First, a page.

Former President Barack Obama and current President Joe Biden will be appearing in Philadelphia this coming Saturday in support of the bid by John Fetterman for Senate in the state. Fetterman, the Democratic nominee in the race, is currently the state’s lieutenant governor.
Fetterman’s opponent is the Trump-backed Republican Mehmet Oz, who barely won the Republican Senate primary and has spent tens of millions of his own money on his campaign — apparently surpassing all other federal candidates this cycle in the amount of loans provided to the campaign by the candidate. Fetterman, in contrast, hasn’t given his campaign any loans. The huge cash inflows from Oz’s personal coffers suggest the former reality TV personality is essentially trying to personally spend his way into the Senate, where, without a particularly clearly established policy record, he could serve as another rubber-stamp vote for the more extreme wings of the GOP — portions of the party slowly taking over basically the entirety of it. Just look at what happened to Rep. Liz Cheney (R-Wyo.) — she’s an avowed conservative who has often supported Republican causes. And because she rejected Trump’s anti-democratic schemes, she was essentially driven out of office. It’s about loyalty, not policy, for these people.
The Pennsylvania event featuring the former president will take place just days before Election Day, which is next Tuesday, although tens of millions of people have already voted around the country, including nearly a million in Pennsylvania, where Democrats are significantly outpacing Republicans in terms of the number of ballots returned. All early voting in Pennsylvania is done via the mail, and no-excuse mail-in voting — meaning any Pennsylvania voter can cast an absentee ballot — was only instituted in the state in 2020. Republicans originally supported the program who’ve since begun opposing it — including gubernatorial pick Doug Mastriano.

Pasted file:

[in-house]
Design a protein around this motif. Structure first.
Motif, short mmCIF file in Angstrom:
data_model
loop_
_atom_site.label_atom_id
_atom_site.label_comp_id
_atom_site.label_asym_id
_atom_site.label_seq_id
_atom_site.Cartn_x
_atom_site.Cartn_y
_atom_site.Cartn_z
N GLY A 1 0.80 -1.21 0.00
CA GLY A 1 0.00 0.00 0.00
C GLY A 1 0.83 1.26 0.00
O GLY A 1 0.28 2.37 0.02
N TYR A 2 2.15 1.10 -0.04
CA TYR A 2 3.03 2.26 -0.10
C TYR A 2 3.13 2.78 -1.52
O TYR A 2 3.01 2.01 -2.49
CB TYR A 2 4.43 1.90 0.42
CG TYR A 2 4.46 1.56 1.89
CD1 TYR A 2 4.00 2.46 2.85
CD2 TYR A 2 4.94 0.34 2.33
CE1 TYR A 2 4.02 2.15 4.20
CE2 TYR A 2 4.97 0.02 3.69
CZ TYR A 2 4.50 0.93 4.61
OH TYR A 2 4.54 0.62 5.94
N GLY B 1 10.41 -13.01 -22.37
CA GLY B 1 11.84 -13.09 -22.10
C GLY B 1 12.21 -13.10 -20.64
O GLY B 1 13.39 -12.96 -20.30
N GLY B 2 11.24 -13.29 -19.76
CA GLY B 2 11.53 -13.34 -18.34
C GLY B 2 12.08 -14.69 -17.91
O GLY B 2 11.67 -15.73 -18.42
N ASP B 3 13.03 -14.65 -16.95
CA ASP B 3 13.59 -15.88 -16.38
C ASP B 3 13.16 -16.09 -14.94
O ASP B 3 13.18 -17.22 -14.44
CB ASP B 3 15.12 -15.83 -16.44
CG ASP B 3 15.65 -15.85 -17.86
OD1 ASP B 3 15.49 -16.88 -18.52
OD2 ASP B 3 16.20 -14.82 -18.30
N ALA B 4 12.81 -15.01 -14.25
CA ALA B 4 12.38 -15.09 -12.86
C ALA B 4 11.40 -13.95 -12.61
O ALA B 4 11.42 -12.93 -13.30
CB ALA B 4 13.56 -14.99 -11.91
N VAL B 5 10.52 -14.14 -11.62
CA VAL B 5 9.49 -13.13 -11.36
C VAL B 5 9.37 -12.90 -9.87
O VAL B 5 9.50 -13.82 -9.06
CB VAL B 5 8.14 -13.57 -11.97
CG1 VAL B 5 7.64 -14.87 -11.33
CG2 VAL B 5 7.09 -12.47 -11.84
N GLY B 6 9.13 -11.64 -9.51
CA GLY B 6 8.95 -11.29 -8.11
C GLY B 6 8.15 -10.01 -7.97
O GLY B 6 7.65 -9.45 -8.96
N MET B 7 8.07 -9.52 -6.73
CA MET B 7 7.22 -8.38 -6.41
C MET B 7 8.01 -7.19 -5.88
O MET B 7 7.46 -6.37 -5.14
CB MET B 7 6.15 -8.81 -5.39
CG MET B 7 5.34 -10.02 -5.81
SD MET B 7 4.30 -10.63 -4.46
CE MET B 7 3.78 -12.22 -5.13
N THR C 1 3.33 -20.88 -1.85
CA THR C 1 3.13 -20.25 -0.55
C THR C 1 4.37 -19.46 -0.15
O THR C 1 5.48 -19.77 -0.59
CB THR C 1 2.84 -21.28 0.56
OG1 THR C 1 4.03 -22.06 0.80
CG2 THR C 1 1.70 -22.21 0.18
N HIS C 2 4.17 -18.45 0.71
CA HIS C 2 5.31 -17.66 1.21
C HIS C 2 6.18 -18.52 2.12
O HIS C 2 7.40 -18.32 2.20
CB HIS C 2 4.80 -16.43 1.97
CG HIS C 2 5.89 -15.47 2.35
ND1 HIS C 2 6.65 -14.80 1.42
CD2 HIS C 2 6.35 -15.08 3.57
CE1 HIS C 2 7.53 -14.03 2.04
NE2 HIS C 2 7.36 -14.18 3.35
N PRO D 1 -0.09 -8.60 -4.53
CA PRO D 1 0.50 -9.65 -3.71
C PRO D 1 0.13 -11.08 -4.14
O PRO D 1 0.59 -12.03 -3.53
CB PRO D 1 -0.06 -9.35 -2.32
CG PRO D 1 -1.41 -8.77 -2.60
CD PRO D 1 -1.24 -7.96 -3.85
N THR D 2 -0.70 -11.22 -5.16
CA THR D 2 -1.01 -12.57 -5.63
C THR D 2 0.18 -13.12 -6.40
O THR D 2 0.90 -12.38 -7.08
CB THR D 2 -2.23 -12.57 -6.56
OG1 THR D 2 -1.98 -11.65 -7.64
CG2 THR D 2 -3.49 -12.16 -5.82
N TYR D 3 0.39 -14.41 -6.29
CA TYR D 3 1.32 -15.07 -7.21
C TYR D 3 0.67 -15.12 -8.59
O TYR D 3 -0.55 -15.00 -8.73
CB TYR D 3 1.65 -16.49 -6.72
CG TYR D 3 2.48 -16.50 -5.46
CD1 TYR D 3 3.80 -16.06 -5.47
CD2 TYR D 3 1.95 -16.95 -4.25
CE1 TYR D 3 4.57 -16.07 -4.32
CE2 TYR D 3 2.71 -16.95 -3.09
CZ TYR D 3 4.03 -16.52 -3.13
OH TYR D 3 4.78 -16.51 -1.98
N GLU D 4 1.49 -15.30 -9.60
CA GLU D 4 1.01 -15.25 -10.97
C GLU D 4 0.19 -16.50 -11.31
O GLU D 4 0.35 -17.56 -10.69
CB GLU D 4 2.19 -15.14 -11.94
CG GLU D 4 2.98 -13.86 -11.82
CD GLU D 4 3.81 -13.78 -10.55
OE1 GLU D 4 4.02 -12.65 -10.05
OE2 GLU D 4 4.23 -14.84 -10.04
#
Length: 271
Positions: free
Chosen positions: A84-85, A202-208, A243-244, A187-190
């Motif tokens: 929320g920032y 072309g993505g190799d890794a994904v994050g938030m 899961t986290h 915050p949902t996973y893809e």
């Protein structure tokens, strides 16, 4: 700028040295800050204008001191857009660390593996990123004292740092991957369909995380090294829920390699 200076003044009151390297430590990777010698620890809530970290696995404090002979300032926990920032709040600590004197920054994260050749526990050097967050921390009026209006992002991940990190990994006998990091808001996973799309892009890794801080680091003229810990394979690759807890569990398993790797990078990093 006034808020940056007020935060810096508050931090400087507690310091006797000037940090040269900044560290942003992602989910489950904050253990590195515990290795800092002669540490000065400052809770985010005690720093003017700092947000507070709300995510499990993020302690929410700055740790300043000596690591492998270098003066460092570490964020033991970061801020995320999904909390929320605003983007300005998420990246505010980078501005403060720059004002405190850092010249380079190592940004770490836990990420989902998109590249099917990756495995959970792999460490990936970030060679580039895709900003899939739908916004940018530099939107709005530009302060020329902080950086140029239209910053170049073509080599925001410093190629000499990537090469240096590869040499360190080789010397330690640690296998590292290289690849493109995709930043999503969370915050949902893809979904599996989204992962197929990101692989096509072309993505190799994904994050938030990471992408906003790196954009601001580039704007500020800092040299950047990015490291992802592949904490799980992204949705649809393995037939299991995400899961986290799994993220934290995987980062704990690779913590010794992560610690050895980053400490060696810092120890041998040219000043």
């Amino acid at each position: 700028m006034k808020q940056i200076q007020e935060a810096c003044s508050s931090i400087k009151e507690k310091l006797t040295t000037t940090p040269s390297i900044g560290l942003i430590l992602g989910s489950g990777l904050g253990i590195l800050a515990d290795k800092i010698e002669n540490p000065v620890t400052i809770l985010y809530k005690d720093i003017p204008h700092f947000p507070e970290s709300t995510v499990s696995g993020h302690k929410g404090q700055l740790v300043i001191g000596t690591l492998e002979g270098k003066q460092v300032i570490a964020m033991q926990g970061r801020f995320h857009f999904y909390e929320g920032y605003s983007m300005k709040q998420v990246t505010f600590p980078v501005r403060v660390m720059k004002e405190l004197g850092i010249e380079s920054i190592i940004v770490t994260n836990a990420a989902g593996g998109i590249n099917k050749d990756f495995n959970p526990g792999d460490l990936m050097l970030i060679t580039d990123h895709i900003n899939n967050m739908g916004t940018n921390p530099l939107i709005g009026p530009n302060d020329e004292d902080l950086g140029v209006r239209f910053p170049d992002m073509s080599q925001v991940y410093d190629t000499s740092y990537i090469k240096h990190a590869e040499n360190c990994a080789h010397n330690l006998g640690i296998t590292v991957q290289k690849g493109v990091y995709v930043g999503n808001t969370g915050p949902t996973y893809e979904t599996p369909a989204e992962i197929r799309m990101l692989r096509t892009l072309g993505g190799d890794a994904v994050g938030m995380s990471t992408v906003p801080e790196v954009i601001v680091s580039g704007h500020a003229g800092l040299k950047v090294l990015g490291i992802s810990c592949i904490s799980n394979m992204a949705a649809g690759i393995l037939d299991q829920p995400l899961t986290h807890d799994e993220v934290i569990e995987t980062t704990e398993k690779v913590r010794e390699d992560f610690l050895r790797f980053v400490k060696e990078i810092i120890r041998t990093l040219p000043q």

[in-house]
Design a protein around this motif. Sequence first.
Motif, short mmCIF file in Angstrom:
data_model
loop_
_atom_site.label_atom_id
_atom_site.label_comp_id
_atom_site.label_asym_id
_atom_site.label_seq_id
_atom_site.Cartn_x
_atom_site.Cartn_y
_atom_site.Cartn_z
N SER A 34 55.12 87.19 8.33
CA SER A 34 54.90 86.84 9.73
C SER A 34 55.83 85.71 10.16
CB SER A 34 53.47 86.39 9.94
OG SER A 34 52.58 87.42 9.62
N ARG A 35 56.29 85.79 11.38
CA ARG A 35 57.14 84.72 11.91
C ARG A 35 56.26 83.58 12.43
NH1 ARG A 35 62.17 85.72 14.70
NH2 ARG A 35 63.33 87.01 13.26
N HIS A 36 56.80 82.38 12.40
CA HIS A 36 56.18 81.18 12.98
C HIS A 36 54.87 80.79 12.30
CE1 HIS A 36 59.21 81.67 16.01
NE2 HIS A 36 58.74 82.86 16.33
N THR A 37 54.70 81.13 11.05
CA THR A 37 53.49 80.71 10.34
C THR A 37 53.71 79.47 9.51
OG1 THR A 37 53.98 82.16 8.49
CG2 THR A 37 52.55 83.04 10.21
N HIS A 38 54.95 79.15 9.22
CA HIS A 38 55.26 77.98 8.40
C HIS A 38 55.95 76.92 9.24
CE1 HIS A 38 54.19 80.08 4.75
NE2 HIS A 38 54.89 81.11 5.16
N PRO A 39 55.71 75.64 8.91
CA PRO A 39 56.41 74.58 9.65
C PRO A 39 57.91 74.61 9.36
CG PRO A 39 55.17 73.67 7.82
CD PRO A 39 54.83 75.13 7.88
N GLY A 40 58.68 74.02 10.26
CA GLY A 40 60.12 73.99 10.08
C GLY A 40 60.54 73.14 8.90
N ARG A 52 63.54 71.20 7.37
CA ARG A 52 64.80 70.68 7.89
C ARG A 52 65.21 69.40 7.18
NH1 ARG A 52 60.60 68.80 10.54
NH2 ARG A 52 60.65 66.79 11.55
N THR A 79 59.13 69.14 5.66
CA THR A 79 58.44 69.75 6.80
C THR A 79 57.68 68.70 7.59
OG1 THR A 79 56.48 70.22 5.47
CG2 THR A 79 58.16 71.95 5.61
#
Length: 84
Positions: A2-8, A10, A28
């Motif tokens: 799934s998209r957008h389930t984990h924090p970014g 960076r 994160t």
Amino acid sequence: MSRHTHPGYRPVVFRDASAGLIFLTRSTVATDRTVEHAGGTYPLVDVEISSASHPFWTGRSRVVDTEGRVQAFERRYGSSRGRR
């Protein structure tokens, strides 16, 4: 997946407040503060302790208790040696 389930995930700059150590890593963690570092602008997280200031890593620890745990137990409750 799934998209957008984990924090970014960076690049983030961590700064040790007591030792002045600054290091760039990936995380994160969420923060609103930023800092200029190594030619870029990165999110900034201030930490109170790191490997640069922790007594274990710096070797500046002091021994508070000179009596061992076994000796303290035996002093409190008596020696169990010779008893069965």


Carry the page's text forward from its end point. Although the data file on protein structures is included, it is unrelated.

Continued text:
“There’s so much at stake in the upcoming election on November 8, and it’s imperative that we elect Pennsylvania Democrats up and down the ballot,” a listing says. “Join us to hear directly from special guests, and learn more about how you can get involved with organizing efforts TODAY.” Ahead of Election Day, Obama has also appeared in states including Georgia, Michigan, and Nevada. He has repeatedly discussed the attack on Paul Pelosi (Nancy’s husband) by a far-right assailant, using the incident as an example of the kind of political polarization about which he is concerned.
After the midterms, threats from Republicans rejecting the election results remain. Sen. Ron Johnson (R-Wisc.), who is running for re-election, won’t commit to accepting the outcome of his race, and polls suggest that it’ll be close no matter who ends up winning. Tim Michels, the Republican nominee for governor in the same state, has refused to commit to certifying the next presidential election results if he wins. Back in Pennsylvania, only 3 percent of those surveyed in a Monmouth University poll indicated they saw or heard some of the recent debate between Fetterman and Oz and that it led to them reconsidering their pick for the Senate contest.
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— John Fetterman (@JohnFetterman) November 2, 2022